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Creamer v. Arbella Insurance Group

Appeals Court of Massachusetts, Essex

March 13, 2019

TIMOTHY CREAMER & another [1]
v.
ARBELLA INSURANCE GROUP.

          Heard: November 6, 2018.

         Civil action commenced in the Superior Court Department on April 7, 2014.

         The case was heard by Salim Rodriguez Tabit, J., on motions for summary judgment.

          Brad W. Graham for the plaintiffs.

          Michael B. Weinberg (Ben N. Dunlap also present) for the defendant.

          Present: Sullivan, Kinder, & Shin, JJ.

          SHIN, J.

         After the plaintiffs purchased a residential property (property), they discovered that heating oil had spilled from a supply line, contaminating the property and threatening to migrate, or actually migrating, to the adjacent property. Alleging that the sellers concealed the spill, the plaintiffs brought suit against them for deceit, negligence and negligent misrepresentation, and liability under G. L. c. 21E.[2]The sellers, who had declared bankruptcy, failed to answer or appear, and a default judgment entered against them. The plaintiffs then commenced this action seeking, among other forms of relief, a declaration that the sellers' homeowners insurance policy (policy) issued by Arbella Insurance Group (Arbella) covers the claims raised in the underlying lawsuit.

         On the parties' cross motions, a Superior Court judge granted summary judgment in favor of Arbella, essentially on the ground that the source of the plaintiffs' injury is the sellers' act of concealing the spill, which does not qualify as an "occurrence" under the policy. On appeal the plaintiffs quarrel with the judge's decision only insofar as it relates to their claim under G. L. c. 21E. We agree with the plaintiffs that, with regard to that claim, the source of their injury is the spill itself, and not the sellers' later act of concealment, as G. L. c. 21E imposes liability based on ownership status without regard to fault. We further conclude, however, that there remains a genuine issue of material fact as to whether the plaintiffs' c. 21E damages fall within the policy exclusion for "'property damage' . . . [w]hich is expected or intended by the insured." We therefore vacate the judgment and remand.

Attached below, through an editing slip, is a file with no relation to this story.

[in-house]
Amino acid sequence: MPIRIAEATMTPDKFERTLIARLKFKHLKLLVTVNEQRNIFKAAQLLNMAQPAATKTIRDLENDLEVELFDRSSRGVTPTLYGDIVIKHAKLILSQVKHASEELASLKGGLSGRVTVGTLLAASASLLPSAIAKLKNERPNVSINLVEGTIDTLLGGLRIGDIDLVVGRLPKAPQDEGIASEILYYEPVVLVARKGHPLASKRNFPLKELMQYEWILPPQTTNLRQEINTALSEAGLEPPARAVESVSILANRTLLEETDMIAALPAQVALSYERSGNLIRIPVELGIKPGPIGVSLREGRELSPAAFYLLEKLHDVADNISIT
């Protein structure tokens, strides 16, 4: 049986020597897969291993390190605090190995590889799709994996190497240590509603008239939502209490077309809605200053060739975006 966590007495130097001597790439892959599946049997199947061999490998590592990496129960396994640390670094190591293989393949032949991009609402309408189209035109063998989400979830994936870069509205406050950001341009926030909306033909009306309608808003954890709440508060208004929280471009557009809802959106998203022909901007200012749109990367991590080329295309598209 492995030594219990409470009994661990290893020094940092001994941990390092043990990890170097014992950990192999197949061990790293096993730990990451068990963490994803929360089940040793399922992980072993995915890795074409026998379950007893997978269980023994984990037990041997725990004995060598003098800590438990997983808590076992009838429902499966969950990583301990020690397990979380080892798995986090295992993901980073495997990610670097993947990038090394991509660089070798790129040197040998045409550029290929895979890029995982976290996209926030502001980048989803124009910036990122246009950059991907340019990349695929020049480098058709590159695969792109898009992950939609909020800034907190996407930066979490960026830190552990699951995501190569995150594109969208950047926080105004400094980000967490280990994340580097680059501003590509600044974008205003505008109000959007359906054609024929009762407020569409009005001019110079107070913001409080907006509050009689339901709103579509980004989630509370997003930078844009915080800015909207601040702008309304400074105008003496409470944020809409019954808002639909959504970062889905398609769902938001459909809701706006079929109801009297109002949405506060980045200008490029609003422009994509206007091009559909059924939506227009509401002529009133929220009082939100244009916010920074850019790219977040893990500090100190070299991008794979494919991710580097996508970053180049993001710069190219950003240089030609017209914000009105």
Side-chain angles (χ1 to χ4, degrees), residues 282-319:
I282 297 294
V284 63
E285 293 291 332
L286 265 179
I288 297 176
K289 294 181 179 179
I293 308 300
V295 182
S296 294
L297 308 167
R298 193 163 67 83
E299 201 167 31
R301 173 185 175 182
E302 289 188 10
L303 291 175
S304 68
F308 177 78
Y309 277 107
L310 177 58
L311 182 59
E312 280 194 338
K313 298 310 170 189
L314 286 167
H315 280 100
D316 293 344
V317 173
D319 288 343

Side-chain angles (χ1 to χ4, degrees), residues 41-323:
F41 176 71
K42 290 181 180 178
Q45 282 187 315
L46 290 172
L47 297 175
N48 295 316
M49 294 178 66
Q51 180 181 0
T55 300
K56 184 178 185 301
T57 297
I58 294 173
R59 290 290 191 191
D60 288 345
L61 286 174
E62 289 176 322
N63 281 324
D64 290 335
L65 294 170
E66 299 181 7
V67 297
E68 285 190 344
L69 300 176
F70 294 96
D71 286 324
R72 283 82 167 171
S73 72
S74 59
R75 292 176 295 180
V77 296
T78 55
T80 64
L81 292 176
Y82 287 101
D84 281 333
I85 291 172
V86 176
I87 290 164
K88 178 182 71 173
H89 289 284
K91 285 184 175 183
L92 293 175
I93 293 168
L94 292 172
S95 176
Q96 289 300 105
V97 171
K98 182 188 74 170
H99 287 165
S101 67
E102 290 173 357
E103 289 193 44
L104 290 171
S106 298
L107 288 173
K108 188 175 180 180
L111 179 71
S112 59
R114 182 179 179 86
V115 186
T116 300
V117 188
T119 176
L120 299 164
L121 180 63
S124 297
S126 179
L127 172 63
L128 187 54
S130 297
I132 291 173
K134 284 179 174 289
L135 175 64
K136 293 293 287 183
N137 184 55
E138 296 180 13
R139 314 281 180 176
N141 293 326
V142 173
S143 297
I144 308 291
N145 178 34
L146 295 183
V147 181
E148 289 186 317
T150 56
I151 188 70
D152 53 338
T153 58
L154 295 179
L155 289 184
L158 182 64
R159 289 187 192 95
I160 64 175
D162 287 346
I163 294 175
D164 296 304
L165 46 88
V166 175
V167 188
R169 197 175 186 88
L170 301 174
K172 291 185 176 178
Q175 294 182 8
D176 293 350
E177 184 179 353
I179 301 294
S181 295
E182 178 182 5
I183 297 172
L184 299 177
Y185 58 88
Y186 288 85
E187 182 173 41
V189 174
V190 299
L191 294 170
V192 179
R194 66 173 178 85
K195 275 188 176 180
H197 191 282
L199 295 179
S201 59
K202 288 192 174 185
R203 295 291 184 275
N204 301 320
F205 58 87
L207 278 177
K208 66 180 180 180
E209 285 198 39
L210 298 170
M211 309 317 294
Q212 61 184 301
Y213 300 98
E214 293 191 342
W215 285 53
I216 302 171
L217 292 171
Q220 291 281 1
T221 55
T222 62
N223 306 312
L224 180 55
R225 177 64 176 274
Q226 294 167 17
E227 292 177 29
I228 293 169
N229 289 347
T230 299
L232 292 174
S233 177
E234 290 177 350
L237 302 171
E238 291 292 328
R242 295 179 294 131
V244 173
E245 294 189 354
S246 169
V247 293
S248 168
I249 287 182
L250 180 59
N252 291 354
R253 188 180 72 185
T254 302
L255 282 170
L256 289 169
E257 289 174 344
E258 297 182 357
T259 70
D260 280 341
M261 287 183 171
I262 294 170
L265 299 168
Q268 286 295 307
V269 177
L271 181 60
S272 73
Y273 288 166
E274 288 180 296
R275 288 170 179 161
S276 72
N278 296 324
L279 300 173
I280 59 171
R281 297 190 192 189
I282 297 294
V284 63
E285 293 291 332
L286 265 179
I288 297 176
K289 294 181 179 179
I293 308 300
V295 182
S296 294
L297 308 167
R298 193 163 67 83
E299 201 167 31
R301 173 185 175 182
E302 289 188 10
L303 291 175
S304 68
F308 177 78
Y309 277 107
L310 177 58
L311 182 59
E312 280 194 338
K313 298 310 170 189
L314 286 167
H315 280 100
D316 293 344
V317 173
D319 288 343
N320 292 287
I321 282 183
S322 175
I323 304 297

Background.

         1. Underlying complaint.

         The complaint against the sellers, filed in May 2008, alleged the following facts. The sellers were "owners and residents of the [p]roperty for many years." While they lived on the property, a heating oil fuel line leaked oil "over an extended period of time, "[3]causing contamination of the foundation, the ground underneath, and the groundwater. The spill also "posed an imminent threat to adjoining property or actually migrated to the adjoining property."

         In June 2005 the sellers listed the property for sale. Several weeks later, their agent provided the plaintiffs with the "[s]eller's [s]tatement of [p]roperty [c]ondition," which made no mention of an oil spill. The sellers thereafter accepted the plaintiffs' offer to purchase the property for $380, 000, and the sale closed on October 28, 2005.

         The day after the closing, the plaintiffs noticed a smell of oil on the property. They then discovered that rugs were concealing a sizeable oil spill that had permeated the concrete flooring. Although the sellers knew about the spill prior to the sale, they "took affirmative steps to conceal and/or prevent the plaintiffs from discovering" it. For example, they "made affirmative representations that no non-obvious conditions were present on the [p]roperty that would affect [its] value or use." As a result of ...


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